Dear Mr Prime Minister, My neighbour was shot yesterday. I heard cries erupt all over the house, when the news of his death was conveyed to his loved ones. He was a simple man, taking care of a family of four. One wonders why anyone would want to kill someone so harmless. People say he was shot because of his sect. But, I guess that is not so important to you. Why would my neighbour or I be important? Millions of harmless men, such as these, die each day and it breaks my heart to see this harmless man’s family in pain. But that is not ...

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Why was my mamoo killed?

The gunshot outside was deafening. The woman inside the house continued talking on the phone, thinking it was just one of those routine firing shots that are a norm in her area of residence. Moments later, there was a loud, insistent pounding on the door, accompanied with hysterical screams. Startled, the woman hung up and rushed outside in a panic. All she saw was red, a pool of red. She squinted, trying to see past the flood of human bodies. That is when she saw her husband, motionless, lying in the pool of red. It took her seconds to comprehend. ...

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In Hangu, are teachers a specie quickly going extinct?

A few days ago when I was going home, I received a text message from Abdullah Khan, a journalist working in Kohat, Khyber Pakhtunkhwa (K-P). It said that three primary school teachers had been killed in Kach Bandha, Hangu in a drive-by shooting. I immediately called him to confirm the news. I felt goose bumps as he told me that three teachers – Muhammad Khan, Syed Khalil and Faqir Hussain – had been killed and two of them had been targeted because of their sectarian affiliation. These teachers had left their homes in the morning with prayers from their families and were killed that same ...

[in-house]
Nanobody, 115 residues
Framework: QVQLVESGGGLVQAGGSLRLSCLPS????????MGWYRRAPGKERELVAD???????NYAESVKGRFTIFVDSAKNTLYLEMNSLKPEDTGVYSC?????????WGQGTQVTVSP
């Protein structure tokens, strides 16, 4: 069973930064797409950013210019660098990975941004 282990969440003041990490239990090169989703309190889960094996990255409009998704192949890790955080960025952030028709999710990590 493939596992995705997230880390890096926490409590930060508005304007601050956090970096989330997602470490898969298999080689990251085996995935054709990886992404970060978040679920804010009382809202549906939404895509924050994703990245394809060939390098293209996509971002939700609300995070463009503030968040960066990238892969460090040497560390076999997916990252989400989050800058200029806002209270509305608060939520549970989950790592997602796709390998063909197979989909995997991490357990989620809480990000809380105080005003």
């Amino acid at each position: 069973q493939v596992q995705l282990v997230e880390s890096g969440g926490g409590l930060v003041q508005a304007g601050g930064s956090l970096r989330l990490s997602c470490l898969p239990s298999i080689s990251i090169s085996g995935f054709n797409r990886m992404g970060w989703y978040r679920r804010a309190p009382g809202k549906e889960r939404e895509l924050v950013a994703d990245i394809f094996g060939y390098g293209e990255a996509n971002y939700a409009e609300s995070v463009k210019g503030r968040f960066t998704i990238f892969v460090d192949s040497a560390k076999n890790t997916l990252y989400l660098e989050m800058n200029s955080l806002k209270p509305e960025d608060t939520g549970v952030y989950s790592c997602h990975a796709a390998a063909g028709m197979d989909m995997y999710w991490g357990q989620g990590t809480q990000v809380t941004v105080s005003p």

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Karachi is the lover, the tormentor: Mysterious, dark and hurt

It’s human nature to desire that which is not in your grasp, love which will always remain unrequited and stress about matters that are not in your hands. The worst part is that we know this. And yet it doesn’t matter. Despite this, certain things are bound to catch our attention, making us fall in love so that it’s impossible for us to simply move on, and accept the stark reality of our existence. A small break, sometime apart, a little space can of course prove healthy for our minds as well our hearts. However, our basic instinct always remains an instinct ...